Riders of the Link light rail system should be on the lookout for changes to scheduled service for the remainder of winter quarter.
Sound Transit has instituted several temporary changes to Link service for the duration of its Connect 2020 program. Connect 2020 encompasses 10 weeks of construction to prepare the Link system for connection to the expansion routes currently being developed on King County’s east side.
The expansion route, known as the Blue Line, is being constructed in sections at a time. The expansion service to Redmond through Bellevue will open in 2023, with further service to Mountlake Terrace and Lynnwood in 2024, before eventually terminating in Mariner near Everett in 2036.
The service changes affect both the frequency of trains and the length of routes. For the duration of construction, trains will run every 13-15 minutes, as opposed to the six-minute timings previously enjoyed during peak hours. To help alleviate this, Sound Transit is running all trains as four-car trains, as opposed to the two or three that normally run.
Most notably, the Downtown Seattle Transit Tunnel will be closed outright for two weekends, Feb. 8-9 and March 14-15. During those times, service to the Stadium, International District, Pioneer Square, University Street, and Westlake stations will be served only by free replacement shuttle buses running every seven minutes.
The Link has also been split up into two separate lines, running from the UW to Pioneer Square and from Pioneer Square to Angle Lake. No trains will continue past Pioneer Square; instead, commuters wishing to move through the station in either direction will have to disembark on a specially-constructed center platform and change trains.
Additionally, bikes are no longer allowed at Pioneer Square station for safety reasons, meaning commuters with bikes must get off elsewhere. Sound Transit has installed on-demand BikeLink lockers at Rainier Beach, SODO, and UW stations. These lockers can be rented for 5 cents an hour for up to 10 days. BikeLink cards to rent lockers can be found here.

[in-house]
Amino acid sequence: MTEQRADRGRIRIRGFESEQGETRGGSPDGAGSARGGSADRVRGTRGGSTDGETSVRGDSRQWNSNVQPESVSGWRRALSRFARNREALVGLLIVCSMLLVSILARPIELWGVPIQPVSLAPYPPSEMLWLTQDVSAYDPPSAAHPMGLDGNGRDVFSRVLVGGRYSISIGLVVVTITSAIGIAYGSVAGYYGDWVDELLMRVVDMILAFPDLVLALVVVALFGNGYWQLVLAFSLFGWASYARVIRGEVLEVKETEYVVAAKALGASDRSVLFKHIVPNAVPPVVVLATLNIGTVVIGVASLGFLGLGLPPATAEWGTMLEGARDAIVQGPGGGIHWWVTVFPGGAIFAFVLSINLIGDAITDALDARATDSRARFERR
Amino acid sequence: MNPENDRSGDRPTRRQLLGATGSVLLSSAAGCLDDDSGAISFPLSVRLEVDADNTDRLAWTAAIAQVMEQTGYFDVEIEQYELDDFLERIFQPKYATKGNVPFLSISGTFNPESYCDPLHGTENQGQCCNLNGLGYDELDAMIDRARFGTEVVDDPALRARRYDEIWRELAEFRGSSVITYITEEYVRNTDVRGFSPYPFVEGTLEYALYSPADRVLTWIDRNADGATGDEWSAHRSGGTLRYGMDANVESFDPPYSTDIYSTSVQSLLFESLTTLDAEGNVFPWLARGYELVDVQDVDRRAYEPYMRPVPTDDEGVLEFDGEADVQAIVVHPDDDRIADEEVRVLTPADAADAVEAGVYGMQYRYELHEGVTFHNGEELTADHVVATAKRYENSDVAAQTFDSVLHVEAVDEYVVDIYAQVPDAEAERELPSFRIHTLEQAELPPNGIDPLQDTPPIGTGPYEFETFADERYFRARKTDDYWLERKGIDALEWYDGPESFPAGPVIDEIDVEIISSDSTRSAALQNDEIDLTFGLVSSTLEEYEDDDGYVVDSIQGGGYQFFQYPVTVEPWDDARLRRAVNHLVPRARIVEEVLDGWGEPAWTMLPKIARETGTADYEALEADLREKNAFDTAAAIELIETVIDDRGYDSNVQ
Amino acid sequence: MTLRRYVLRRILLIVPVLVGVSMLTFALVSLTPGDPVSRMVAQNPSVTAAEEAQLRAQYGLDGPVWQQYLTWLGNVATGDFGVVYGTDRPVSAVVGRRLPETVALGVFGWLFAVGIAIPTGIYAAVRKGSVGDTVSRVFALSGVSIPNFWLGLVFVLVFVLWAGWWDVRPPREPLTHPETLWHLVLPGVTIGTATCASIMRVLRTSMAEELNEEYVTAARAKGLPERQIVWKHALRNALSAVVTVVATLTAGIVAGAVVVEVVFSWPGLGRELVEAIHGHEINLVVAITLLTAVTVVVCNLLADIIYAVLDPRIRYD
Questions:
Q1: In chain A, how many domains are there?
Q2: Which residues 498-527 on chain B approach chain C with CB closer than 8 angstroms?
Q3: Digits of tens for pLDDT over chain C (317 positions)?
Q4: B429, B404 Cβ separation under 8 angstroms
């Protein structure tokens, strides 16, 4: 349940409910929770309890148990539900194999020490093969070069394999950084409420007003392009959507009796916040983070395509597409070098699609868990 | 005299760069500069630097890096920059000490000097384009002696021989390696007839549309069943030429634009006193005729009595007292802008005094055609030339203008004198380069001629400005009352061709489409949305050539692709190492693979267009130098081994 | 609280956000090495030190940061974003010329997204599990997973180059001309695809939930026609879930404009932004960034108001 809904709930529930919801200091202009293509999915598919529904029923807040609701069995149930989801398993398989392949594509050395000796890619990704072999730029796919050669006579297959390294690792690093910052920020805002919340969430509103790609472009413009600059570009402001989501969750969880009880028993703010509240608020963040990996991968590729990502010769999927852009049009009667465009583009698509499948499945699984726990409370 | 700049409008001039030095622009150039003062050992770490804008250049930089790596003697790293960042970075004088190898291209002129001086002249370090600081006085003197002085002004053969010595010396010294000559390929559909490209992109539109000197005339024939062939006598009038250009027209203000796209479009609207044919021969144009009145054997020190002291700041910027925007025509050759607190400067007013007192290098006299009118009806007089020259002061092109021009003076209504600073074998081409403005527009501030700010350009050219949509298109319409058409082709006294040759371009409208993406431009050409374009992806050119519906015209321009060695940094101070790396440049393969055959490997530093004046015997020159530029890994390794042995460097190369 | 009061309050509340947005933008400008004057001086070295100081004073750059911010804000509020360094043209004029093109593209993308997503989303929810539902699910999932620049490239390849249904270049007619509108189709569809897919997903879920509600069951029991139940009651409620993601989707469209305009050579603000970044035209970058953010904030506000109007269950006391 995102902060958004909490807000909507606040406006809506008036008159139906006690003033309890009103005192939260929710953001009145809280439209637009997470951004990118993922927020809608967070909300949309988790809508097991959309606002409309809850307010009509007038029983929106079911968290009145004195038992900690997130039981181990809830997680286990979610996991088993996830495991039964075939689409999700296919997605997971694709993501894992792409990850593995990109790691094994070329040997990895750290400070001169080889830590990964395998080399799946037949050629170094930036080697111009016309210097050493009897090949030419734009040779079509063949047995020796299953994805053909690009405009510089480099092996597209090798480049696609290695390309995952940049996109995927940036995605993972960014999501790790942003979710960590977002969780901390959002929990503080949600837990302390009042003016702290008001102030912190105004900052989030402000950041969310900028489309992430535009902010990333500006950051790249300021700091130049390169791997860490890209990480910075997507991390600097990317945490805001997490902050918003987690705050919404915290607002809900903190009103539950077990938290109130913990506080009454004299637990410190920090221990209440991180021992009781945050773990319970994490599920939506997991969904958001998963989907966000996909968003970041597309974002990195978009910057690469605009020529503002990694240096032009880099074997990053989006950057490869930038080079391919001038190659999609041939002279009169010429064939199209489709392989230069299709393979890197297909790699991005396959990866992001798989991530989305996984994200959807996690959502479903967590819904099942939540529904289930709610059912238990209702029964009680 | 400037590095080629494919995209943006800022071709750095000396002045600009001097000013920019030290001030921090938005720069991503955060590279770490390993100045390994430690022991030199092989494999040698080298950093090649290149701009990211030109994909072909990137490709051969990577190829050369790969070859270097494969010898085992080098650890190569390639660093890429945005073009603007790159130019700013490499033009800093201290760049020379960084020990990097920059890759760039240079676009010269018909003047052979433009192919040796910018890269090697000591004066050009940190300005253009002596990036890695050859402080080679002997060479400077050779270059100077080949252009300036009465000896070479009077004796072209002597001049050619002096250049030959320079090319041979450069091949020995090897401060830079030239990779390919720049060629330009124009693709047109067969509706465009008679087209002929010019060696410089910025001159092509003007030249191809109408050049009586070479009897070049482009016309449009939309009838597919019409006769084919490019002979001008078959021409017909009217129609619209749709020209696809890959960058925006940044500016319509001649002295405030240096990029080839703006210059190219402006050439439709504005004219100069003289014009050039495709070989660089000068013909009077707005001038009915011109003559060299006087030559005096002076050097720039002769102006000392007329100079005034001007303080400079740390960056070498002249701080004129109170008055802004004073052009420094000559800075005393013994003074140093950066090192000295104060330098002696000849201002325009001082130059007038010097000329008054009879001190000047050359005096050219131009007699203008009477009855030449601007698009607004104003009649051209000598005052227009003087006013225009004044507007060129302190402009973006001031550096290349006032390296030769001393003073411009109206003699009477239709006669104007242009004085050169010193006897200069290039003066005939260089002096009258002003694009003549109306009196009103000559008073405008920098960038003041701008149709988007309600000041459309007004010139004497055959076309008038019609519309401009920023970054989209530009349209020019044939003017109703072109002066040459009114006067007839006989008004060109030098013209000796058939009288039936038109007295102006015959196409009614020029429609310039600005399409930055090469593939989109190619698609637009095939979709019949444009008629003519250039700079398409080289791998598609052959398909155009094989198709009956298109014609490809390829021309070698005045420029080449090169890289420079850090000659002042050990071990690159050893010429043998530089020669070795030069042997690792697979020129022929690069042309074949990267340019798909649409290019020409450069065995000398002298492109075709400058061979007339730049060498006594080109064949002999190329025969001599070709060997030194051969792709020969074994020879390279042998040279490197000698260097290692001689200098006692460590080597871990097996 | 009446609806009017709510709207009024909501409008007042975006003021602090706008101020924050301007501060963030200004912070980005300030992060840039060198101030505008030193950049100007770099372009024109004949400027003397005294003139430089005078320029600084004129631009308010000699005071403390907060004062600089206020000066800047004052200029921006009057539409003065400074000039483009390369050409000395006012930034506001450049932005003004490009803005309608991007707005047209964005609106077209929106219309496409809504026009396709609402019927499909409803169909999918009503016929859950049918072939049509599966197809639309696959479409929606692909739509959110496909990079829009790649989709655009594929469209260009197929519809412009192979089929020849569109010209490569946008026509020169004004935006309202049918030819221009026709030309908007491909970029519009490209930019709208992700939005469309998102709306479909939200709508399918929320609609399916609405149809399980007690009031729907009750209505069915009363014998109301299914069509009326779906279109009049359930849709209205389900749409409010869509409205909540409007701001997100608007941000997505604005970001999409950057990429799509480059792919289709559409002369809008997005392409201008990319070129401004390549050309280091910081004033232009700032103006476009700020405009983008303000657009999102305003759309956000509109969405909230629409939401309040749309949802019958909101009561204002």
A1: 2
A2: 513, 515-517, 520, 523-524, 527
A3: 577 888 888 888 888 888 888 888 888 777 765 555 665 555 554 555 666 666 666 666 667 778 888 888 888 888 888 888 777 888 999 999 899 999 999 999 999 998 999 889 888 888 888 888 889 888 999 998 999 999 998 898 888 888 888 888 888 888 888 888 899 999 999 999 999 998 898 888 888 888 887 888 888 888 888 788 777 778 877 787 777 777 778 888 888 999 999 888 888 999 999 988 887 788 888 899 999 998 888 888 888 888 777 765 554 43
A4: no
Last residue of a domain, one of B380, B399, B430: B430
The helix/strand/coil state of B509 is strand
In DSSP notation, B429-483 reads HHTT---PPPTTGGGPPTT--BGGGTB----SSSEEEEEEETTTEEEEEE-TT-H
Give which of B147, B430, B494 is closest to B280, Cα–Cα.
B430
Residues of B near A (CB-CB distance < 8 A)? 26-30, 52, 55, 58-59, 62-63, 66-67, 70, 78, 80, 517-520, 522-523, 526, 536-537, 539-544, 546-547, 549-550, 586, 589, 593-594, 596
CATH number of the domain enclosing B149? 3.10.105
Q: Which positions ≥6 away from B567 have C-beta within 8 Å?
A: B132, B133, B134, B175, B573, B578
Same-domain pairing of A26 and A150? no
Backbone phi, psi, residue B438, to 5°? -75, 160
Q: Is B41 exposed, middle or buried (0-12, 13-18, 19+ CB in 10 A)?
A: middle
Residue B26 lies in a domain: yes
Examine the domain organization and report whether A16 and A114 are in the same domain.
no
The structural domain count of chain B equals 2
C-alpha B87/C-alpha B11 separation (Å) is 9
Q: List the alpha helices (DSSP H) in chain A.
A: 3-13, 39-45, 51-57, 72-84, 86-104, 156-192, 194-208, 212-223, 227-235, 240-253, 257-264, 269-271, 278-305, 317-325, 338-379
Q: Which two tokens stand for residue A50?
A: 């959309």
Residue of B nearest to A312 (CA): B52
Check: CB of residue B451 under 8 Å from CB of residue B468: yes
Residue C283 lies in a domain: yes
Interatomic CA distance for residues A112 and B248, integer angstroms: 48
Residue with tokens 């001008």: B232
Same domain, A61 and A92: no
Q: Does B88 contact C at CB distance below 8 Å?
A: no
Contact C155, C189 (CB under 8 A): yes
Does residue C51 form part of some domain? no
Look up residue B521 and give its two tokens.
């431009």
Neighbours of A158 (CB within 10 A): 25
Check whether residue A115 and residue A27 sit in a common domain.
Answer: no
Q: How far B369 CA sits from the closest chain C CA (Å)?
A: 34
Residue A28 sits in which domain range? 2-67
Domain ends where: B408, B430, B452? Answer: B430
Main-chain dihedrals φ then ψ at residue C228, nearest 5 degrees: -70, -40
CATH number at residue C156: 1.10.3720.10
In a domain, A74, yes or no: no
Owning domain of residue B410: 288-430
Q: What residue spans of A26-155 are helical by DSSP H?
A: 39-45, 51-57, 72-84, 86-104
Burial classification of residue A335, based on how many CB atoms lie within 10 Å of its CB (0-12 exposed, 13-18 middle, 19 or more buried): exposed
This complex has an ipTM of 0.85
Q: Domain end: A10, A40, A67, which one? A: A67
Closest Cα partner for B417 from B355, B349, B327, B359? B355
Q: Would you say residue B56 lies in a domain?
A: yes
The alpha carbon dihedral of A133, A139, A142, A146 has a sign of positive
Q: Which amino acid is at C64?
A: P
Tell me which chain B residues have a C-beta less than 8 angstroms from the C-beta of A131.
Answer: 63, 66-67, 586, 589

Andrew Sang, a junior in the urban planning major, says he likely is more attuned to the system than others might be, though he still finds himself inconvenienced by the changes.
“I’m trying to get to an event and I was a bit late because I was not expecting it to be that slow,” Sang said. “And the transfer, I missed it because of the huge wait times. I’m not expecting it to be like that.”
Despite the inconvenience of the service disruptions, Sang says he understands their benefit. For students like him seeking career opportunities at the Eastside’s tech giants like Microsoft, the Blue Line represents accessibility to the region’s vast resources — or, at the very least, food and entertainment.
Still, Sang says, he wishes Sound Transit had had more foresight in planning for expansions.
“What Sound Transit should be doing as it looks forward to future expansions, it’ll be necessary to preplan these out,” he said. “Why don’t they build these when they’re building the initial line; build that before opening the system to begin with? [Sound Transit should be] really forward thinking, and I think that’ll alleviate a lot of these pains.”
Sound Transit recommends that riders plan for trips to take an extra 30 minutes, especially during peak periods.
But in the end, Sang says, “this is just a part of the growing pains of a big city as we grow into the 21st-century metropolis that we’re destined to be.”
Reach reporter Matthew Hipolito at email@example.com. Twitter: @hipolmat
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